Richard ESTES<br/>
<em>No title (Grant's)</em> 1972 <!-- (recto) --><br />

colour screenprint<br />
35.8 x 51.7 cm<br />
National Gallery of Victoria, Melbourne<br />
Purchased with funds donated by Noel Belcher Bequest, Max Smith, Diana Lempriere and 2020-2021 Richard Estes Appeal donors, 2021<br />
2021.194.5<br />
© Richard Estes

Richard Estes Urban landscapes I

In 2021 an important series of photorealist screenprints by American artist Richard Estes was sourced for the NGV Collection. By working directly with the print publisher, Parasol Press, the Gallery was able to secure Urban landscapes I, the rare first print series made by Estes in 1972. The series’ eight images of urban shopfronts and modernist buildings encapsulate Estes’s photorealist painting style for which he was gaining national recognition by the early 1970s.  

Richard Estes (born Kewanee, Illinois in 1932) was at the forefront of a group of artists, including Audrey Flack, Chuck Close and others, who came to attention in America in the late 1960s for their hyperreal paintings based on photographs. Estes had an early interest in photography, owning a Kodak Brownie camera and developing his own photographs in a homemade darkroom from his teenage years. He studied art formally in the early 1950s at the School of the Art Institute of Chicago and was deeply inspired by Chicago’s skyscrapers and modernist architecture. Like numerous artists of this period, Estes began working in advertising agencies in New York City, where he developed his precisionist image-making skills by drawing from photographs for advertising illustrations. By the later 1950s this paid advertising work funded extended periods of full-time painting, which Estes would spend working up meticulously-realised canvases based on his own photographs of New York’s buildings and streetscapes. In early 1968, his exhibition at the Allan Stone gallery was the first solo show of the work of a photorealist painter in New York and was a sell-out success. In the following years, Estes’s work was acquired by museums, shown in major national and international exhibitions and began appearing on magazine covers, cementing his reputation as a major realist painter.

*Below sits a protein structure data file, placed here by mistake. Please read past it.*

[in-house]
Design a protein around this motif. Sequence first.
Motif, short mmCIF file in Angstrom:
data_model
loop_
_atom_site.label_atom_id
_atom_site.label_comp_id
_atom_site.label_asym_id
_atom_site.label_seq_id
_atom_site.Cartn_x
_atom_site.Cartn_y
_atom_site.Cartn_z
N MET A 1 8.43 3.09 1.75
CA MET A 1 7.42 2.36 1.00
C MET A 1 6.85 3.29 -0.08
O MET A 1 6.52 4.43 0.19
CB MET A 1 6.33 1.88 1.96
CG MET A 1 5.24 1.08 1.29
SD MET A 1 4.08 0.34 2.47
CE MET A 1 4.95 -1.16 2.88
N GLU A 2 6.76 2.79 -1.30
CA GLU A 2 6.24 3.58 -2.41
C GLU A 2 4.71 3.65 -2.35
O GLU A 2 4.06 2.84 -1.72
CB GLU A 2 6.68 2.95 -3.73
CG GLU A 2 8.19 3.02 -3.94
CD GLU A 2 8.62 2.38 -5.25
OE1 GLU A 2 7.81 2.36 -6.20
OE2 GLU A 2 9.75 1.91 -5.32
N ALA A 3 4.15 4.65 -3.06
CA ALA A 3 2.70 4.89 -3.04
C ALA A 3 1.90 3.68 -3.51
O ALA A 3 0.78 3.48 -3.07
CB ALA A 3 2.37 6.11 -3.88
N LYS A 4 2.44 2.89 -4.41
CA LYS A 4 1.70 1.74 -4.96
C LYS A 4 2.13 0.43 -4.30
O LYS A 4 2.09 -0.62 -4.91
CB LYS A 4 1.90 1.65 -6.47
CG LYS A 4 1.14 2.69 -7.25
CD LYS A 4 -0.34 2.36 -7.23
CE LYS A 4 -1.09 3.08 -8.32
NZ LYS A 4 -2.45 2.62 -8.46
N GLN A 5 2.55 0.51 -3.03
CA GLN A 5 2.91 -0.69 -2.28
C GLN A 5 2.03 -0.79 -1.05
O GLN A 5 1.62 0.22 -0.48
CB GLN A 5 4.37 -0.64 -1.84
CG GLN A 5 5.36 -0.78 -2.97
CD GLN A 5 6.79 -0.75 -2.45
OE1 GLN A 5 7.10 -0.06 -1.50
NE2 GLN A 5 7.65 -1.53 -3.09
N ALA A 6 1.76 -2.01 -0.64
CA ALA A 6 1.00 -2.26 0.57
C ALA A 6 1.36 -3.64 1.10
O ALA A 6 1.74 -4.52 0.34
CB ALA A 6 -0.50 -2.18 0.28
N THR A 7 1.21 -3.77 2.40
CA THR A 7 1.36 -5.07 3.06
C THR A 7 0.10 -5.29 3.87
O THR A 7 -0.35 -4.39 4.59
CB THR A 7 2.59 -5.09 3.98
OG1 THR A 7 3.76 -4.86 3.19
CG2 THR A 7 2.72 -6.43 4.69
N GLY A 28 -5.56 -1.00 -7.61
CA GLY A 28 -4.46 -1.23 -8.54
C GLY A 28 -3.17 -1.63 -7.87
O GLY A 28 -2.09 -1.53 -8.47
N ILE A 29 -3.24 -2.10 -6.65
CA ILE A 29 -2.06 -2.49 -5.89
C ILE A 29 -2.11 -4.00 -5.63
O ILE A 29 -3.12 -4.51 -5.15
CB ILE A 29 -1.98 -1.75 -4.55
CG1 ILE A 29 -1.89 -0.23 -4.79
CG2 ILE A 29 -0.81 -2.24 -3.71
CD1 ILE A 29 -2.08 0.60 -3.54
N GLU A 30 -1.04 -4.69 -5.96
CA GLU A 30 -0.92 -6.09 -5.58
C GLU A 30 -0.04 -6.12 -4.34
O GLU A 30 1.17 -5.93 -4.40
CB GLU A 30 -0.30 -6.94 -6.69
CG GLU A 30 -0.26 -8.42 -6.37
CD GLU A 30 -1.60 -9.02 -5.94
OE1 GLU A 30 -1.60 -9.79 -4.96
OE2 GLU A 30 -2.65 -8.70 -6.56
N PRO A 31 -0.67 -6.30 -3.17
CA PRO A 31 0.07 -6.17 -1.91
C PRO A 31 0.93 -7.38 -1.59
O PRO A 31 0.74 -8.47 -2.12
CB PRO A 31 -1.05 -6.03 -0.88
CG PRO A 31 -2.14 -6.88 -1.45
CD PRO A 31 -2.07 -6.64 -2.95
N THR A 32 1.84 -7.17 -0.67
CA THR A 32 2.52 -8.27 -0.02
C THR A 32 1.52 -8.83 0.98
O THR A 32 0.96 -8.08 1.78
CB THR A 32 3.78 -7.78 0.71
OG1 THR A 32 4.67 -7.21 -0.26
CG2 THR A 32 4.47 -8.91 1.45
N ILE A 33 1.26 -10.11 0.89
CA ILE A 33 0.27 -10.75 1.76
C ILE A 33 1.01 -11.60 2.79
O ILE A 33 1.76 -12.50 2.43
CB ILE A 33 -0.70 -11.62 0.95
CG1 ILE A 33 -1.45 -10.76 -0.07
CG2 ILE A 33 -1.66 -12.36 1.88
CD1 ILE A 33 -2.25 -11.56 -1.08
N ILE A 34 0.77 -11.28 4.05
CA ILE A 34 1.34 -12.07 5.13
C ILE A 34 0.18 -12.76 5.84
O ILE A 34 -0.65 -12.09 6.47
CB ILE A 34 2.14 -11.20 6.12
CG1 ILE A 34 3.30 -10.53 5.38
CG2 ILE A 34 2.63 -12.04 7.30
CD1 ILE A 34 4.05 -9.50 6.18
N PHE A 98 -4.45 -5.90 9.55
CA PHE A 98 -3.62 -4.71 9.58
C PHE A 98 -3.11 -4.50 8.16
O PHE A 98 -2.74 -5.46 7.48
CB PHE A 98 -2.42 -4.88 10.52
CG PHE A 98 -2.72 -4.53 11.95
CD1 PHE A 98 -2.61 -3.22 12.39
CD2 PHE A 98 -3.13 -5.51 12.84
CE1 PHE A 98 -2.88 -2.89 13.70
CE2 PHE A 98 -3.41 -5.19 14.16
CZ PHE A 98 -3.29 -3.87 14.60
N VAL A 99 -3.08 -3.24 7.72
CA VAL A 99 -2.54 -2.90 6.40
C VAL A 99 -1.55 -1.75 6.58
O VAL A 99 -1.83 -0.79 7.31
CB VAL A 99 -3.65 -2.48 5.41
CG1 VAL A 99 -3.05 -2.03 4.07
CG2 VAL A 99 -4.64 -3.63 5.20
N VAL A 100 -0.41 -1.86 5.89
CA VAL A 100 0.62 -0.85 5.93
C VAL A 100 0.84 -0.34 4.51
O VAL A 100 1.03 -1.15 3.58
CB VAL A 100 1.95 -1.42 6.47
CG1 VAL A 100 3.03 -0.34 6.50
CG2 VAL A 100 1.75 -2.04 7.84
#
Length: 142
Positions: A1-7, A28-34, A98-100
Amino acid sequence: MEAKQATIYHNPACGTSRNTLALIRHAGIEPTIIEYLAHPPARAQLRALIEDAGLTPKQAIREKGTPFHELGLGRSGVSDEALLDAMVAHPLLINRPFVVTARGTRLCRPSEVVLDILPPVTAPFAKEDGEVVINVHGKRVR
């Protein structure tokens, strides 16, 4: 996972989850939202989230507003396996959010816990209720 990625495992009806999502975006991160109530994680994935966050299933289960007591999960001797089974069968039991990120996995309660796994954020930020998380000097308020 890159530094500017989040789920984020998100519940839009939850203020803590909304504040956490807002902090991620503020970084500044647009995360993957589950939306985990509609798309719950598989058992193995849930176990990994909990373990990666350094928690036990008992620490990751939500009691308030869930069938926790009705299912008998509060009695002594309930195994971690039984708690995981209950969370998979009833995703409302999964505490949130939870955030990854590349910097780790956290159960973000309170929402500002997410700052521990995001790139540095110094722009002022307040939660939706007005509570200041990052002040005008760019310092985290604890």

In 1971 Bob Feldman, Director of Parasol Press, contracted Estes to produce a print series and after initially investigating the lithographic technique in Paris, the artist decided upon screenprinting, with its dense layers of opaque colour, as best suited to his needs. He identified the Domberger print studio in Stuttgart, which was renowned for the precision and complexity of its screenprints, and with Urban landscapes I commenced on a twenty-year collaboration with the studio that resulted in many important prints. For his first series Estes developed eight new images in gouache and acrylic for translation into the screenprint medium. These included images of New York’s shopfronts everyday diners and hardware stores, with their signage and displays of jumbled wares as well as images of modernist buildings with their expansive facades of glass and marble. In these prints, Estes plays with the reflective and transparent qualities of glass to present complex spatial and visual effects. Mirrored and distorted reflections on plate-glass windows are shown simultaneously with glimpses of the buildings’ interiors to create a complex realism that situates Estes’s prints within a long tradition of trompe l’oeil images. Although Estes works from photographs, he modifies them, removing people, changing angles and introducing bewildering reflections to produce compositions that reconstruct, rather than record, reality. The richly coloured and visually complex screenprints of Urban landscapes I compel the viewer to ponder the relationship between reality and representation.

Cathy Leahy, Senior Curator, Prints and Drawings, National Gallery of Victoria